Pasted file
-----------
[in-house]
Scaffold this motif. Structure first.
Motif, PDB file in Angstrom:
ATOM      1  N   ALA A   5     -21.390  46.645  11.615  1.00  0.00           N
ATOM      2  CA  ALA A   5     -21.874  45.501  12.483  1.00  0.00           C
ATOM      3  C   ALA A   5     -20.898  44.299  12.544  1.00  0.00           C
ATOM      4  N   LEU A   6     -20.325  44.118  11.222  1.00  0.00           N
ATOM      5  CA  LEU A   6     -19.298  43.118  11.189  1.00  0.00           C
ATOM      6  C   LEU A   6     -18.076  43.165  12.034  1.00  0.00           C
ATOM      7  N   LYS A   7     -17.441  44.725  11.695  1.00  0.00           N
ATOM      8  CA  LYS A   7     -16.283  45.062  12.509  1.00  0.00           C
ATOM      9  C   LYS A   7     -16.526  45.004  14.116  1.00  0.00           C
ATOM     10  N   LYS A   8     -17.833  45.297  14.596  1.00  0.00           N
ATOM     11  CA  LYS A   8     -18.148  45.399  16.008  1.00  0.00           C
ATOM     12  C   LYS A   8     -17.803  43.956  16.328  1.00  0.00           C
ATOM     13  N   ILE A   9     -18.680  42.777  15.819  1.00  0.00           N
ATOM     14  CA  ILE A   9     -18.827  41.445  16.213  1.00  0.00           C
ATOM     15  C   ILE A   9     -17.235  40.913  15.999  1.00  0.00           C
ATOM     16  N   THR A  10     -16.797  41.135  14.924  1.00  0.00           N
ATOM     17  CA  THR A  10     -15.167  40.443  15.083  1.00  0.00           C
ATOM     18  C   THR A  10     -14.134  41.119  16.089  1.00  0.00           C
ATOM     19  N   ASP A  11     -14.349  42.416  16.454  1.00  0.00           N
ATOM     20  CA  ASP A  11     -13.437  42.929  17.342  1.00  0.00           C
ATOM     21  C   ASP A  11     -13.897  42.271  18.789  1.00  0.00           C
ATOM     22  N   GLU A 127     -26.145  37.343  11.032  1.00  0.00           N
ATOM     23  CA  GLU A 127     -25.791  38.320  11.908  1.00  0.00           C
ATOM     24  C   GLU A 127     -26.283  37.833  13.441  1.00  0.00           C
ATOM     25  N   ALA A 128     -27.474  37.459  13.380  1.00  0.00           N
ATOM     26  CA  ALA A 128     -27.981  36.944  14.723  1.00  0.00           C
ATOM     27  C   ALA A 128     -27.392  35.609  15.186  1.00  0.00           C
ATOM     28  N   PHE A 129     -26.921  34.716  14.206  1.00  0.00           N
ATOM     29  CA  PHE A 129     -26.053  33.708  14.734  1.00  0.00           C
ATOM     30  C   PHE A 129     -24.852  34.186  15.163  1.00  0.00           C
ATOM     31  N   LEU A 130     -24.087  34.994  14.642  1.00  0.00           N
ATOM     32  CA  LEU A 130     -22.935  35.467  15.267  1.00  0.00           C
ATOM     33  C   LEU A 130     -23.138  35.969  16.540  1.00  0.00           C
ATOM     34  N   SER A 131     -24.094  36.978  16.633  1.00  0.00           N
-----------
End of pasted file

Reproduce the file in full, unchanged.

[in-house]
Scaffold this motif. Structure first.
Motif, PDB file in Angstrom:
ATOM      1  N   ALA A   5     -21.390  46.645  11.615  1.00  0.00           N
ATOM      2  CA  ALA A   5     -21.874  45.501  12.483  1.00  0.00           C
ATOM      3  C   ALA A   5     -20.898  44.299  12.544  1.00  0.00           C
ATOM      4  N   LEU A   6     -20.325  44.118  11.222  1.00  0.00           N
ATOM      5  CA  LEU A   6     -19.298  43.118  11.189  1.00  0.00           C
ATOM      6  C   LEU A   6     -18.076  43.165  12.034  1.00  0.00           C
ATOM      7  N   LYS A   7     -17.441  44.725  11.695  1.00  0.00           N
ATOM      8  CA  LYS A   7     -16.283  45.062  12.509  1.00  0.00           C
ATOM      9  C   LYS A   7     -16.526  45.004  14.116  1.00  0.00           C
ATOM     10  N   LYS A   8     -17.833  45.297  14.596  1.00  0.00           N
ATOM     11  CA  LYS A   8     -18.148  45.399  16.008  1.00  0.00           C
ATOM     12  C   LYS A   8     -17.803  43.956  16.328  1.00  0.00           C
ATOM     13  N   ILE A   9     -18.680  42.777  15.819  1.00  0.00           N
ATOM     14  CA  ILE A   9     -18.827  41.445  16.213  1.00  0.00           C
ATOM     15  C   ILE A   9     -17.235  40.913  15.999  1.00  0.00           C
ATOM     16  N   THR A  10     -16.797  41.135  14.924  1.00  0.00           N
ATOM     17  CA  THR A  10     -15.167  40.443  15.083  1.00  0.00           C
ATOM     18  C   THR A  10     -14.134  41.119  16.089  1.00  0.00           C
ATOM     19  N   ASP A  11     -14.349  42.416  16.454  1.00  0.00           N
ATOM     20  CA  ASP A  11     -13.437  42.929  17.342  1.00  0.00           C
ATOM     21  C   ASP A  11     -13.897  42.271  18.789  1.00  0.00           C
ATOM     22  N   GLU A 127     -26.145  37.343  11.032  1.00  0.00           N
ATOM     23  CA  GLU A 127     -25.791  38.320  11.908  1.00  0.00           C
ATOM     24  C   GLU A 127     -26.283  37.833  13.441  1.00  0.00           C
ATOM     25  N   ALA A 128     -27.474  37.459  13.380  1.00  0.00           N
ATOM     26  CA  ALA A 128     -27.981  36.944  14.723  1.00  0.00           C
ATOM     27  C   ALA A 128     -27.392  35.609  15.186  1.00  0.00           C
ATOM     28  N   PHE A 129     -26.921  34.716  14.206  1.00  0.00           N
ATOM     29  CA  PHE A 129     -26.053  33.708  14.734  1.00  0.00           C
ATOM     30  C   PHE A 129     -24.852  34.186  15.163  1.00  0.00           C
ATOM     31  N   LEU A 130     -24.087  34.994  14.642  1.00  0.00           N
ATOM     32  CA  LEU A 130     -22.935  35.467  15.267  1.00  0.00           C
ATOM     33  C   LEU A 130     -23.138  35.969  16.540  1.00  0.00           C
ATOM     34  N   SER A 131     -24.094  36.978  16.633  1.00  0.00           N